Thursday, November 10, 2016

après moi, le déluge

Old fogies are likely to know the feeling -- waking up in a hospital bed after an operation (now referred to as a "procedure") of which there is no memory. What happened and how did it happen? There is no especial pain, but the surroundings make their point: Some sort of healing is in the foreseeable cards and what is not pain just now is likely to raise its head as time goes by. The environment is threatening by its very sterility.

Hospitals have a coffin-like feel and implication. Nurses come and go and are up-beat, but what the hell, they're not the one's lying in the winding sheets. Who knows: Maybe they're right. Maybe things will indeed be better. But it's not at all clear what "better" is supposed to feel like. In the end, old fogies lie still and hope that whatever disfiguration the operation addressed will in fact heal. But it is confusing and too sterile to be true. If you stay still enough long enough, maybe someone will come in and explain what is going on. There will be a "new normal" to ingest and digest.

The new normal: Donald Trump is the U.S. president in waiting. The nurses are upbeat, but it's not clear exactly what is going on. Was the operation a success? A success at achieving what? If you lie still enough long enough, perhaps someone will explain. The lick-spittle media missed the call by miles and yet prattle on as if their credibility had not been compromised.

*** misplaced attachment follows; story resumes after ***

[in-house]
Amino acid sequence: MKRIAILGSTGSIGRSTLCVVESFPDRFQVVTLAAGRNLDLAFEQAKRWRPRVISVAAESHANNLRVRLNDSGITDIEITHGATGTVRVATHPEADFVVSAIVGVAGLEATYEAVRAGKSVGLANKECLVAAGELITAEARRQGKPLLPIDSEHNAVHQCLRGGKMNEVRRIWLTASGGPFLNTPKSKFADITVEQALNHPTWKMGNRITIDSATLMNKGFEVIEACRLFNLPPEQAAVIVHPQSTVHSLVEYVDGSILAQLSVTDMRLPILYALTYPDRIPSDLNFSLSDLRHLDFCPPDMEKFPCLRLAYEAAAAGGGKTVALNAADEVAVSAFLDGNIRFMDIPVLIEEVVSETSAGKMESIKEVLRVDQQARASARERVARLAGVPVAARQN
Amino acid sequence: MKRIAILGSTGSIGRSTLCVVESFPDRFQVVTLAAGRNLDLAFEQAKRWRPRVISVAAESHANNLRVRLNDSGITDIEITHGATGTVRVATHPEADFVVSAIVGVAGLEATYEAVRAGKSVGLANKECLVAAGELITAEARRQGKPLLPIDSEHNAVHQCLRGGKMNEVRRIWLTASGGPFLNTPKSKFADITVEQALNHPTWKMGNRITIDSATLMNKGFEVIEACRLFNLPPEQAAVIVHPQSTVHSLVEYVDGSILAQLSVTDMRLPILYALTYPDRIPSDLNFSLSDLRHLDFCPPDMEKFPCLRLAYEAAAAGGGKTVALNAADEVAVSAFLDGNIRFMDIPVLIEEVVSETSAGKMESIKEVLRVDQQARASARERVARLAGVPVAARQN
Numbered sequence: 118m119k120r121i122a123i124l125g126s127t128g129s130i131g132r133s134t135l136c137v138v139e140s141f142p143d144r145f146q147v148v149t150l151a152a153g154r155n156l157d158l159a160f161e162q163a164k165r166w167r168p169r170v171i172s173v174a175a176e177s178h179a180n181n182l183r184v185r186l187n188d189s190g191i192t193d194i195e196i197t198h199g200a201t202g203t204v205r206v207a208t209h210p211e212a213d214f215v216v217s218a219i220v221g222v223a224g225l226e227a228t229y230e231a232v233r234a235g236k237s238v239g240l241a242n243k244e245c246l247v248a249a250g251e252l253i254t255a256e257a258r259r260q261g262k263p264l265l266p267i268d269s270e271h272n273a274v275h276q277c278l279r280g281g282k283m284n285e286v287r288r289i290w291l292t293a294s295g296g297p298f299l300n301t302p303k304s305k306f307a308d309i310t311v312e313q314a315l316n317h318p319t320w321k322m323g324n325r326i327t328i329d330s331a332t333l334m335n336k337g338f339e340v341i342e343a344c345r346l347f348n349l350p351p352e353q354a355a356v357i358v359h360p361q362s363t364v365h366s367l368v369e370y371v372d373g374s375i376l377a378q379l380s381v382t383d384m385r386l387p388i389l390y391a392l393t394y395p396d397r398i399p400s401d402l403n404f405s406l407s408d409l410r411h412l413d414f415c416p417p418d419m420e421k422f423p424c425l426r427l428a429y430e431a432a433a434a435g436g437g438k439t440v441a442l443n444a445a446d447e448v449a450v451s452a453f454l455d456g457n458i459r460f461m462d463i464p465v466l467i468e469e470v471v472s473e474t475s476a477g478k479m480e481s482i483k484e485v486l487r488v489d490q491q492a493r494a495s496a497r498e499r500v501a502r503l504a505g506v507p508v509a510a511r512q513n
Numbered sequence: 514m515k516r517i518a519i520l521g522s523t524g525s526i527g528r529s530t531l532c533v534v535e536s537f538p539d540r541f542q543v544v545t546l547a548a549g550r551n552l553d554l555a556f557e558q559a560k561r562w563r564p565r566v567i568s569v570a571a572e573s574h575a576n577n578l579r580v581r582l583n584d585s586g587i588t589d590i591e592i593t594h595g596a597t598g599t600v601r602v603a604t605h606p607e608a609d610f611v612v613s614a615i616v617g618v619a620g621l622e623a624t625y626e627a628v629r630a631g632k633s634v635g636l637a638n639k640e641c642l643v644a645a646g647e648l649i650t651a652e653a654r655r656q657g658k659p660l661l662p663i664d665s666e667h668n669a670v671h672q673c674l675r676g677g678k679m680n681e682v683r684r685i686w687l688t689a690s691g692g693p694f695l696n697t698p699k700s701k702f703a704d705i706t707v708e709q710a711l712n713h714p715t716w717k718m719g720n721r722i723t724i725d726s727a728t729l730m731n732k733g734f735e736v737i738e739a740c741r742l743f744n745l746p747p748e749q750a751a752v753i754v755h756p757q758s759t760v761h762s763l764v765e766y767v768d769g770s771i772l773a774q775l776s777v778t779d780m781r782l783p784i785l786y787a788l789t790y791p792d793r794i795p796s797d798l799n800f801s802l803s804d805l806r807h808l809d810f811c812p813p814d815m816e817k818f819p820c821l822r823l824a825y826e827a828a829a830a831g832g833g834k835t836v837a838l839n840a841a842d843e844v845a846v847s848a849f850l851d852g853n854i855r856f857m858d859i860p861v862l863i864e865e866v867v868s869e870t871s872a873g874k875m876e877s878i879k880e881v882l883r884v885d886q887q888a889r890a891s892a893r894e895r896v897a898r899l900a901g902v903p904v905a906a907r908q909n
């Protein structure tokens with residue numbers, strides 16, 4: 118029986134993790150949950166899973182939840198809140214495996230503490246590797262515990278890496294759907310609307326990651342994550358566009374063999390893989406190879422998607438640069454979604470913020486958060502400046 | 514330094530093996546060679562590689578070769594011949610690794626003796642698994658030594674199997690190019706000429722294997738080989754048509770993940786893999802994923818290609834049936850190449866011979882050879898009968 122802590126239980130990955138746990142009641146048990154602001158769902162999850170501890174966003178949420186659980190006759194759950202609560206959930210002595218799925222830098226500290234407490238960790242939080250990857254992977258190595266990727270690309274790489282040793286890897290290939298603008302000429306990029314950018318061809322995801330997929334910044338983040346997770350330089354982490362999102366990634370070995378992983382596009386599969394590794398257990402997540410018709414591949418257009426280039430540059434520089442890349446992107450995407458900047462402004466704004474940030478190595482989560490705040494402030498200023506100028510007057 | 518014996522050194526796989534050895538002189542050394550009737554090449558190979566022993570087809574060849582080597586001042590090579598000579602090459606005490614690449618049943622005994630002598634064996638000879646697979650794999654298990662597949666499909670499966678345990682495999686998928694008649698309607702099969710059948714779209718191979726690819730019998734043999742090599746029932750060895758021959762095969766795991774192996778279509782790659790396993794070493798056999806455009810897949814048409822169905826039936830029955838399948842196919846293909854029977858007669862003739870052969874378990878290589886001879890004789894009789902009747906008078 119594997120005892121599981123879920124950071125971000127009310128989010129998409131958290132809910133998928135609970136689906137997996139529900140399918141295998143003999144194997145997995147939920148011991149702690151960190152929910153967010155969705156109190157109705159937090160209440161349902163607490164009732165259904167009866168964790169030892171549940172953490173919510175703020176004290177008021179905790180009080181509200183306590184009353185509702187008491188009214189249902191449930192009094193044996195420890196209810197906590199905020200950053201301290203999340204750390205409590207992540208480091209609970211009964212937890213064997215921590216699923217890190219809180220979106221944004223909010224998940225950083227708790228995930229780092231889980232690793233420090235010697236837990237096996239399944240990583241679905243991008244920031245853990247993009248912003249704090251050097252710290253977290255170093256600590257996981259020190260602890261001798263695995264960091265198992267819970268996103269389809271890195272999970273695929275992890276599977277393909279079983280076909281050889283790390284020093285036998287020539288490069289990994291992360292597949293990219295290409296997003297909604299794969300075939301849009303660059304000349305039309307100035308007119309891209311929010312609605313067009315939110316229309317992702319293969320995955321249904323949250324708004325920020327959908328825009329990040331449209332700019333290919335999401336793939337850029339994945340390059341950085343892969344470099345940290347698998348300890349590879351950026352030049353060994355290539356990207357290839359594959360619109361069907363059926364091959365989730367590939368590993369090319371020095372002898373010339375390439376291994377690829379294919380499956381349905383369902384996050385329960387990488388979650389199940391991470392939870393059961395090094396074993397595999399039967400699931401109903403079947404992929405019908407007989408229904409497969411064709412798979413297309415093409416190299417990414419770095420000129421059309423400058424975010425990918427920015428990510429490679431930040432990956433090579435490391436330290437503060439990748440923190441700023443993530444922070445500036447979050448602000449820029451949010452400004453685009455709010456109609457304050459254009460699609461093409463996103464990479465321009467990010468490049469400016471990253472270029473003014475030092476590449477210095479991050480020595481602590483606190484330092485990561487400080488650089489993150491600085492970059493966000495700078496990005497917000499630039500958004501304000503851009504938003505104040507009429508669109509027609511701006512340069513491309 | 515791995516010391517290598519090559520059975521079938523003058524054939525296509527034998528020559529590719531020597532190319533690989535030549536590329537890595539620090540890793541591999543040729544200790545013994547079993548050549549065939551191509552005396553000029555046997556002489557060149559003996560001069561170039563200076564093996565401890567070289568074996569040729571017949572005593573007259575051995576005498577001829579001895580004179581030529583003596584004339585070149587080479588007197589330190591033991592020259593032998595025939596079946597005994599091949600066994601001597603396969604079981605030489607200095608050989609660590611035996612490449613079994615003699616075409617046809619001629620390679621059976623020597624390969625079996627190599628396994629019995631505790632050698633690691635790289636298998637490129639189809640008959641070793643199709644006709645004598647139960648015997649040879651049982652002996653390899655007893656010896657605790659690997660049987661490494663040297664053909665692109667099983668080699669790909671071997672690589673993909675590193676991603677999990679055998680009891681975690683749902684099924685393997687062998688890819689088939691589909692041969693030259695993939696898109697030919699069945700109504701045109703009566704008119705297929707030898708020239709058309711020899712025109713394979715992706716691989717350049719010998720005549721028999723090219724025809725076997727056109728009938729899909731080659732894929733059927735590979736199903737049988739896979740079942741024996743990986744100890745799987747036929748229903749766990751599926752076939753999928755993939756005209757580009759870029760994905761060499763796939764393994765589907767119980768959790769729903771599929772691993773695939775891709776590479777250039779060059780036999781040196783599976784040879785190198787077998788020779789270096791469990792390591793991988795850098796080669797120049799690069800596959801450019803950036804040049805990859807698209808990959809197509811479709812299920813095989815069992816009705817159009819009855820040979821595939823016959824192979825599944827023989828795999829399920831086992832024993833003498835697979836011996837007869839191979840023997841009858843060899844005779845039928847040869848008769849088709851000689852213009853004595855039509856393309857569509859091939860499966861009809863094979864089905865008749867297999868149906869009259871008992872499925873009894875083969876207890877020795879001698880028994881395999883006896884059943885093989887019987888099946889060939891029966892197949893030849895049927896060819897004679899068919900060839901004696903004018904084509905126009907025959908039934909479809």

The new normal: Donald Trump, a man who never held public office and yet has inspired millions with his unkind rhetoric ... well, the new normal feels to me like the Somali security officer's observation about piracy off his shores:
If you do not share your wealth with us, we will share our poverty with you.
Trump's election day win sparked protests yesterday among those proclaiming with placards, "Not my president." If Hillary Clinton had won, would things have been different? So many things seem to be ripped and torn and the old fogie lies still as salt, waiting for some explanation of what the procedure had been and suspecting that such an explanation will not be forthcoming.

"Après moi, le déluge?" After me, the deluge? No ... it's more like drip, drip, drip as the upbeat nurses come and go.


  1. If it's not outlawed, comedians should have a lot to work with. It's not exactly a silver lining, but some sort of base metal.

  2. I sure can use this phrase, though probably what sounds more appropriate in old folks' case is, "If you do not share your health with us, we will share our suffering with you."